Tuesday, April 25, 2006
The Line Must Be Drawn Here, This Far, No Further!
I was born in America. God willing, I will die here. Preferably a long, long time from now in the comfort and safety of my own bed surrounded by my loved ones. And by "loved ones" I mean the great-great-great grandchildren who watch in awe as I expire when the experimental anti-ageing serum I'd been testing finally runs out.

Even as a 200 year old man, I will still love my country. I would do anything to protect it... short of actually doing anything that threatens the longevity of my precious, precious life. It only makes sense: how can I keep loving America if I'm dead? The dangerous and necessary things that need doing I choose not to do, I love America that much.

I feel no shame or dishonor. It's a well-established internet paradigm. If the chicken hawk Yellow Elephant able-bodied non-gay 20-something College Republicans can call for war and war and war as right and good and necessary and the best thing for America and then refuse to volunteer for actual service, I can do my bit from behind the safety of my keyboard as well.

Since I'm sort of against this whole war thing, I'm off that particular philosophical hook anyway. Me, my main beef is with the Foreign Man. I've made no bones about it here, I don't trust 'em. They come here with their weird food and not-English words and make us print all the signs at the post office in multiple languages. It ain't right.

Sure, I could go out and join up with one of those crackpot vigilante border-patrol groups, but you know what, all those places they're patrolling? Very desert-y. And I freckle. So that's a non-starter.

I can do my bit in the war of ideas, make my difference in the battle for the hearts and minds of the American people. Subset: people who read blogs. Sub-subset: people who read this blog in particular. Among that audience, I've got nearly half of your attention, I'm sure.

What I want to say is that a line is being drawn. Right here, right now. By me. Not a real line, a metaphorical one, but still, it's a line.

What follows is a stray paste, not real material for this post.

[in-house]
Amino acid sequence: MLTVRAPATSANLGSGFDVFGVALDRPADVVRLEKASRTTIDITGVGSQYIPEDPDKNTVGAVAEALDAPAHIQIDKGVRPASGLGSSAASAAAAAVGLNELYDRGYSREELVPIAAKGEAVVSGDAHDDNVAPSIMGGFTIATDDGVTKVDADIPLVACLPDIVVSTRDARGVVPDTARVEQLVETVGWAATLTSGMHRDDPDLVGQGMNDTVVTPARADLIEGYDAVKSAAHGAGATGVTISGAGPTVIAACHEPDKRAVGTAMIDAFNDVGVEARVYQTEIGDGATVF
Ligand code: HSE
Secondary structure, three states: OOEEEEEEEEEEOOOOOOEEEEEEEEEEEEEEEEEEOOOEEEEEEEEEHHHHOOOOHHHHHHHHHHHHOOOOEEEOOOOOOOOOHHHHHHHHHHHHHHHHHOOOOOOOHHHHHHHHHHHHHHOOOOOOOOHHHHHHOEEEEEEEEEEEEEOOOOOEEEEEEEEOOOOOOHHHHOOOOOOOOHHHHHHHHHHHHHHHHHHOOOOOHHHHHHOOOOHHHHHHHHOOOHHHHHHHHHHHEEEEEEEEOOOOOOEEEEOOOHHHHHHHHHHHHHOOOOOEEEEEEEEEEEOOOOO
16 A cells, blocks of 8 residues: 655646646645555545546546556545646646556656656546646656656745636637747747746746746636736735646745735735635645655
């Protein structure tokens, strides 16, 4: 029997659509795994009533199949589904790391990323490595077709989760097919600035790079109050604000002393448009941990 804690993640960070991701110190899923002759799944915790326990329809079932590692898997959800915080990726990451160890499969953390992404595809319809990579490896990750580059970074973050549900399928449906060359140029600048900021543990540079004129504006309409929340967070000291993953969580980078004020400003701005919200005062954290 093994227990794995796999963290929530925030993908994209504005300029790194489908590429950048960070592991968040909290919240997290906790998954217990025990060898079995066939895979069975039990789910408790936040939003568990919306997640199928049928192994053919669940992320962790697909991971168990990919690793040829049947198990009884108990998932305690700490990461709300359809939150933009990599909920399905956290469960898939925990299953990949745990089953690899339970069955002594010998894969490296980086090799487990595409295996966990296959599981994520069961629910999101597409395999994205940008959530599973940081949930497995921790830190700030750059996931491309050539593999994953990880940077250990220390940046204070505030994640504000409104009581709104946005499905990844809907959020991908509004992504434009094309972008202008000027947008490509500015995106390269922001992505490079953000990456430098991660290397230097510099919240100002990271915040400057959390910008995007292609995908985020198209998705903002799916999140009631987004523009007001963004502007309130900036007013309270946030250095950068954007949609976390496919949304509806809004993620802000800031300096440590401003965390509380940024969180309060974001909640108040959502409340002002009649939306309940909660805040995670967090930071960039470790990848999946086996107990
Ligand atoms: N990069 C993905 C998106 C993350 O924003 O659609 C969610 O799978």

No, you know what? Fuck it. I'm drawing an ACTUAL line. Hang on... there. Right here in my house. You can't see it, but it's there. I have to figure out how to get black Sharpie off the carpet before my wife gets home, but I don't even care about that now. I've done something. Eat that, Creeping Foreign Invader!

Today my enemy is ciabatta.

I know, you're thinking: "Isn't that some kind of bread?" And I tell you no, it is no mere bread. Baked within it's crusty golden... crust is the threat of total piecemeal annihilation of the American way of life. It is a Trojan bread horse, the hard, crackly outer shell of which protects the light doughy payload of compromised cultural identity.

Time was bread was just bread. If you were feeling uppity you could get yourself a wheat bread. Roman Meal and that was it. Yeah, it said "Roman" in the title, but it said it in English. Other than that you could choose from a range of breads from Wonder to Webber to... well, that was about it. It was squishy, it was gummy, it had almost no nutritional value, but it could hold the fuck out of a peanut-butter-and-jelly shmear or a slice of baloney with American cheese. American bread. White bread.

I'm sure not all of you, dear Bucketeers, live in states that include Jack in the Box fast food restaurants, but these are the foreign-loving commies I blame for the ciabatta invasion. They put it around hamburgers, casually casting aside the honest white-bread bun for this fancy Italian interloper.

Sure, we had whole grain breads and oatbran and stuff like that, but even though that stuff came from dirty, dirty hippies, they were our dirty hippies. We could shoot them if it came down to it.

But Jack in the Box betrayed all of us with its ciabatta fixation, seduced by this Mata Hari fresh-baked culinary harlot.

The limited reach of Jack in the Box cut the impact of what could have been a national disaster, but now... I have to speak up now, because the insidious ciabatta has now moved in on our precious, heretofore inviolate 7-11.

First of all, who the fuck goes to 7-11 for a sandwich? 7-11 is strictly for Slurpees, beef jerky, lottery tickets, porn mags and the occasional bladder-stretching half-gallon diet soda. Why do you think they have those 80-year-old hot dogs slowly rotating in the light-up glass bin? They are meant to discourage your appetite. The whole place screams "Seriously, you don't want to eat here."

I'm disappointed because a) 7-11 is ubiquitous and b) as an institution, it is synonymous with good honest hard work and what can be achieved if one only follows the American dream. Plus, the ease of ownership means we can keep the Arabs we have here right where we can see them.

It's bad enough to Foreign Man has brought us words like "macchiato" and "biscotti" when we used to just have coffee and cookies.

If I have anything to say about it, this is it: there will be no Ciabatta Revolution. Maybe writing an overlong blogpost is all I intend to do about it, but by Gum... why can't that be enough?

This post on the Narcissus Scale: 7.11



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